A storm is brewing in the world of professional tennis. Multiple umpires have come forward and said that they have been left "disturbed" by the lack of support from the governing body for the chair umpire who was involved in a heated argument with tennis star Serena Williams. Some of the umpires are even considering forming a union and boycotting future matches in which Williams will be playing.
Speaking of the incident that took place at the US Open Finals on September 8, one anonymous umpire said that 47-year-old Carlos Ramos had been "thrown to the wolves for simply doing his job and was not willing to be abused for it." Ramos had called out three violations on Williams in the match that she lost to Naomi Osaka, which was receiving coaching on the court, racket abuse, and a penalty for verbal abuse after Williams called him a "thief" and a "liar".
Williams blamed the penalties that were called on "sexism," and many umpires are now worried that officials in the league are supporting her claim instead of standing by the chair umpire for doing his job. Katrina Adams, the USTA President, was one among many who stood by Williams and condemned the umpire, even suggesting that Ramos would have allowed men to get away with the same kind of behavior.
The Women's Tennis Association (WTA) has also backed the claim that the penalties had been sexist in a statement that they issued, but the International Tennis Federation stood by Ramos two days later and said that he is "one of the most experienced and respected umpires in tennis." A few umpires, who agreed to speak anonymously, told the Times of London that they are considering boycotting future matches with Williams.
Even though the umpires do not have a union to organize a boycott, this may soon change. One senior umpire told the Guardian in an interview: "There is a lot of unhappiness in the umpiring community because no one is standing up for officials. Umpires keep asking: 'What if it was me in that chair on Saturday?' There is a widespread feeling that Carlos was hung out to dry for nearly 48 hours and that no one is standing up for officials." The newspaper also reported that a few umpires are privately pushing for an officials' union.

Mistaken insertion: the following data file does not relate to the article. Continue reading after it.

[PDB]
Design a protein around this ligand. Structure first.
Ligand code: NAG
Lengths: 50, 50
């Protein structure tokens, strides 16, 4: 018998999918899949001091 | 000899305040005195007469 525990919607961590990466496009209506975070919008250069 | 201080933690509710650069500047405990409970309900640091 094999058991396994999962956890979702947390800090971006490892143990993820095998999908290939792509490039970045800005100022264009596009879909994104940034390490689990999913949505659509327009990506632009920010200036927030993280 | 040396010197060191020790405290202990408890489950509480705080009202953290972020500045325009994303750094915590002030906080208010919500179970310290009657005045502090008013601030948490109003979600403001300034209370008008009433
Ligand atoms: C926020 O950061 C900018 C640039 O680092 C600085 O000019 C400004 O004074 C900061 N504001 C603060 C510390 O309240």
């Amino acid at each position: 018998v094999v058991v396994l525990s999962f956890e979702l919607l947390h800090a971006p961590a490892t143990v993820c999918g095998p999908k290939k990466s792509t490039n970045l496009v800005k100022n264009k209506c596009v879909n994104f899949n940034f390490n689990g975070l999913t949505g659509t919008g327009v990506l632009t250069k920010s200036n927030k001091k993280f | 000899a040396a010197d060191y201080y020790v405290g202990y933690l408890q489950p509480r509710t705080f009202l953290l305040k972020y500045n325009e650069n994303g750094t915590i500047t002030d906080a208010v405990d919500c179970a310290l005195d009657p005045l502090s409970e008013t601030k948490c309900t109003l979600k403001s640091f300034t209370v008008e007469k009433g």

A source who is close to the discussions has said: "Umpires don’t have any independent means of representation and are employed by the governing bodies. If talking to the media is not allowed, and governing bodies are speaking out against them, what are umpires supposed to do?" Umpires are traditionally forbidden through contracts from speaking to the media, but one retired umpire has been able to speak for the rest of his colleagues.
Richard Ings, who is a retired Gold Badge umpire, told ESPN: "The umpiring fraternity is thoroughly disturbed at being abandoned by the WTA. They are all fearful that they could be the next Ramos. They feel that no one has their back when they have to make unpopular calls."
Portugal-born Ramos finally spoke out about the incident on September 11 in a brief interview and said: "It's a delicate situation. But umpiring 'a la carte' is something that does not exist. Don't worry about me, I'll be fine."